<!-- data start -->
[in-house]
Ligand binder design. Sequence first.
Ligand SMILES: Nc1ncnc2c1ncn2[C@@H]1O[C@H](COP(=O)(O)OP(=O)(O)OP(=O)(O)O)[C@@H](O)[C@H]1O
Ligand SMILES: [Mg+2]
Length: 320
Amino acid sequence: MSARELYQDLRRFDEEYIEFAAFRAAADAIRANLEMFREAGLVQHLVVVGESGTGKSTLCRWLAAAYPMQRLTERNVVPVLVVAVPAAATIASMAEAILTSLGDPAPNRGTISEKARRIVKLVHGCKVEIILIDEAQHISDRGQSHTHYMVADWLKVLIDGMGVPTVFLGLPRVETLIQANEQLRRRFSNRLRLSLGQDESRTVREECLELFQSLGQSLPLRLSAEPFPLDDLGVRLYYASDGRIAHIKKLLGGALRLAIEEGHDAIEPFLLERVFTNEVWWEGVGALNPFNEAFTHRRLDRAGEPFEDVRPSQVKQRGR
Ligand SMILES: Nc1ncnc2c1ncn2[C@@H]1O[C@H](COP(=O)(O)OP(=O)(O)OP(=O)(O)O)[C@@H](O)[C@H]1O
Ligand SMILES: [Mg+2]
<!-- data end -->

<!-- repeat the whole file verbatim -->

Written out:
[in-house]
Ligand binder design. Sequence first.
Ligand SMILES: Nc1ncnc2c1ncn2[C@@H]1O[C@H](COP(=O)(O)OP(=O)(O)OP(=O)(O)O)[C@@H](O)[C@H]1O
Ligand SMILES: [Mg+2]
Length: 320
Amino acid sequence: MSARELYQDLRRFDEEYIEFAAFRAAADAIRANLEMFREAGLVQHLVVVGESGTGKSTLCRWLAAAYPMQRLTERNVVPVLVVAVPAAATIASMAEAILTSLGDPAPNRGTISEKARRIVKLVHGCKVEIILIDEAQHISDRGQSHTHYMVADWLKVLIDGMGVPTVFLGLPRVETLIQANEQLRRRFSNRLRLSLGQDESRTVREECLELFQSLGQSLPLRLSAEPFPLDDLGVRLYYASDGRIAHIKKLLGGALRLAIEEGHDAIEPFLLERVFTNEVWWEGVGALNPFNEAFTHRRLDRAGEPFEDVRPSQVKQRGR
Ligand SMILES: Nc1ncnc2c1ncn2[C@@H]1O[C@H](COP(=O)(O)OP(=O)(O)OP(=O)(O)O)[C@@H](O)[C@H]1O
Ligand SMILES: [Mg+2]